• Distinguish correctly between contractors and employees: Like many countries, the U.S. has different laws governing employees and contractors. The consequences for misclassification can be severe — years’ worth of back taxes and unpaid benefits, as well as financial penalties. Ensuring proper classification helps you avoid losses and provide fair compensation and benefits for your workers.
  • Maintain equitable practices: Even though the U.S. generally operates with at-will employment, your company cannot always hire and fire at will. Equal opportunity laws prevent employers from discriminating on the basis of certain protected characteristics such as race, sex, age, sexual orientation, religion, or handicap.

What does a company need to hire in the U.S.?

One of the first steps to hiring in the U.S. is establishing a formal business entity. Many international companies choose to set up subsidiaries, which are extensions of their companies that they continue to control and be liable for.

Setting up a subsidiary is a tremendously time-intensive and labor-intensive process. If you choose to set up a subsidiary in the U.S., you will need to complete tasks like these:

  • Selecting the right type of entity, such as a corporation or limited liability company (LLC)
  • Choosing one of the 50 states in which to incorporate
  • Registering your company name
  • Locating and registering physical premises
  • Opening a corporate bank account
  • Obtaining a taxpayer identification number from the Internal Revenue Service (IRS)
  • Complying with state and federal licensing regulations

The exact requirements for your formal establishment will vary with the type of entity you choose and the state in which you choose to incorporate. You will likely want to partner with employment experts who can help you navigate the complex web of federal and state laws.

Establishing a U.S. subsidiary can take weeks, if not months. Your company might alternatively elect to partner with a solution known as a global Employer of Record.

Because an Employer of Record like Globalization Partners already has an established presence in the U.S., your company can rely on our recruiting and hiring expertise. We act as the legal employer for your workers, freeing you from the necessity for lengthy, expensive setup requirements. Our global employment platform and in-country experts will ensure your company is compliant with local and federal regulations.

Hiring remote employees in the U.S.

When your company is ready to begin recruiting and interviewing, the distance between the two countries may present a challenge. You may need to rely on remote hiring if travel to the U.S. proves infeasible. Here are a few tips to streamline and simplify the process:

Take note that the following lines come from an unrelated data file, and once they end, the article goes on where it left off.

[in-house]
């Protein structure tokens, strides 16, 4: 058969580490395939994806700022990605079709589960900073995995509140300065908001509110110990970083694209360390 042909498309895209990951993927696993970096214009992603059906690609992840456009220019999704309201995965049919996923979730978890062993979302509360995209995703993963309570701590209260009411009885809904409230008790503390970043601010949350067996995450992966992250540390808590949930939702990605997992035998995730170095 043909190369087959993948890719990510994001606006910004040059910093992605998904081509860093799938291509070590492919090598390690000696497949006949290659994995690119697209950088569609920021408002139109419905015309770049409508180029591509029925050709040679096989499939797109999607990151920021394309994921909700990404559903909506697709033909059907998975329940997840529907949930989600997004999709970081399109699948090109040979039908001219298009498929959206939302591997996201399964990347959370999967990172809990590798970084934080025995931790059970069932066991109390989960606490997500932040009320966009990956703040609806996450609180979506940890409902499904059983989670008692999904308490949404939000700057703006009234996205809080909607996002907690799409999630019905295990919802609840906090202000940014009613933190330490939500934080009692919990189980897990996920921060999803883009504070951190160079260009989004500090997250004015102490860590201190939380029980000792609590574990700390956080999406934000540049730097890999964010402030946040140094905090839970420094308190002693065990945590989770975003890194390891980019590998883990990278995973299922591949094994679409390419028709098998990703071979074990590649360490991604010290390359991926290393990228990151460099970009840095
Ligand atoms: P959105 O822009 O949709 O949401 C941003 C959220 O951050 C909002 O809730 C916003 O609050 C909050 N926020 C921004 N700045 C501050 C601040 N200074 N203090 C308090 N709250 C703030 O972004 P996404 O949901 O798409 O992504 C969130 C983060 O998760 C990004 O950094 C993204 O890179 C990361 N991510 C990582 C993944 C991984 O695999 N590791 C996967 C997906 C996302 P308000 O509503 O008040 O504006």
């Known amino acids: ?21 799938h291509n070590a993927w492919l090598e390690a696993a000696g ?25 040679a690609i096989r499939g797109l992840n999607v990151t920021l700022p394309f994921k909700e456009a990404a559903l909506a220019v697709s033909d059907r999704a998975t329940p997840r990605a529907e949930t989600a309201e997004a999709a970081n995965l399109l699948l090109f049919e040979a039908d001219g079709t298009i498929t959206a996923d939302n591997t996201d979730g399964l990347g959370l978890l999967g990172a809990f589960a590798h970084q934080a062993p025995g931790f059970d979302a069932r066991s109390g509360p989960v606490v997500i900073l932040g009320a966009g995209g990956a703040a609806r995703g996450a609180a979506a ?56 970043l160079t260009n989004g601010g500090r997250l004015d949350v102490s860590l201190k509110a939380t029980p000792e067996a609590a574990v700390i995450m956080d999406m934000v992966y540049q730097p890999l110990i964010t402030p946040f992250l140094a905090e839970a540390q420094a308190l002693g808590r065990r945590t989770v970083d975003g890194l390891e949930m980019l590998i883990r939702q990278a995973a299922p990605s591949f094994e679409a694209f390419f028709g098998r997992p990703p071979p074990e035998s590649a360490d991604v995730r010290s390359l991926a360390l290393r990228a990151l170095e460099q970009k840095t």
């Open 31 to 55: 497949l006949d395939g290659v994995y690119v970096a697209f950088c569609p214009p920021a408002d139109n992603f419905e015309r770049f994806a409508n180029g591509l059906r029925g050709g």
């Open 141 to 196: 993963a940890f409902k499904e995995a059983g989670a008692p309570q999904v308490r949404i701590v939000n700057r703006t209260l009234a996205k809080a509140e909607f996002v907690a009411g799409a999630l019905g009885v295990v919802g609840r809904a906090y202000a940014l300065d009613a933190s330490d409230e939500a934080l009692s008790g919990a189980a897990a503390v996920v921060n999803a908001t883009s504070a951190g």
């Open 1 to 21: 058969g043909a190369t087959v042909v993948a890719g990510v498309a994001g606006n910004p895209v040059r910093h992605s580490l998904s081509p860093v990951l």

• Present a polished, coordinated front: Your company can boost its image by implementing as polished and professional an experience as possible. Try to outline the flow of your interview topics beforehand, and be sure you know how to use your remote meeting platform to avoid technical challenges and delays.
  • Maintain flexibility: Especially if the U.S. and your country are in vastly different time zones, scheduling may require some negotiation. If you can, try to allow your candidates to choose interview times that work for them. They will likely appreciate your flexibility and view your company as a congenial place to work.
  • Invest in quality onboarding: In some instances, your company may turn to remote onboarding as well. Onboarding is critical for introducing your new team members to your company culture and clarifying expectations. Be sure to implement comprehensive onboarding practices that give your employees the tools and insights they need to become fully integrated team members.

Additional tips for hiring in the U.S.

Below are a few more tips for successful U.S. hiring:

  1. Use English in communications: English is the official language in the U.S., and only 20.8 percent speak a language other than English at home. Communicating in English helps your company seem conversant in U.S. norms and sets you up for effective communications.
  2. Use local U.S. currency: Likewise, when you provide salary and benefit information to your new team members, use U.S. dollars. Many Americans have little experience with international currency conversions. Using U.S. dollars increases clarity for your U.S employees about their compensation.

Simplify building U.S. teams with Globalization Partners

When you’re ready for your company to grow in the U.S., Globalization Partners is here to help. Our comprehensive and AI-driven global employment platform enables you to manage and pay employees with just a few clicks, saving you valuable time. Otherwise complicated and time-consuming processes like payroll setup, onboarding, and maintaining compliance with country-specific laws are simple and quick.

Read more about how to hire in the U.S. with our global employment platform. Then request a proposal to see how we can help you achieve your international company goals.

Simplify building U.S. teams with Globalization Partners

To know more about G-P Recruit, visit our website and let us know how we can help you find the best talent, in the right location, at the right cost.

Enjoy Reading This?
Contact Us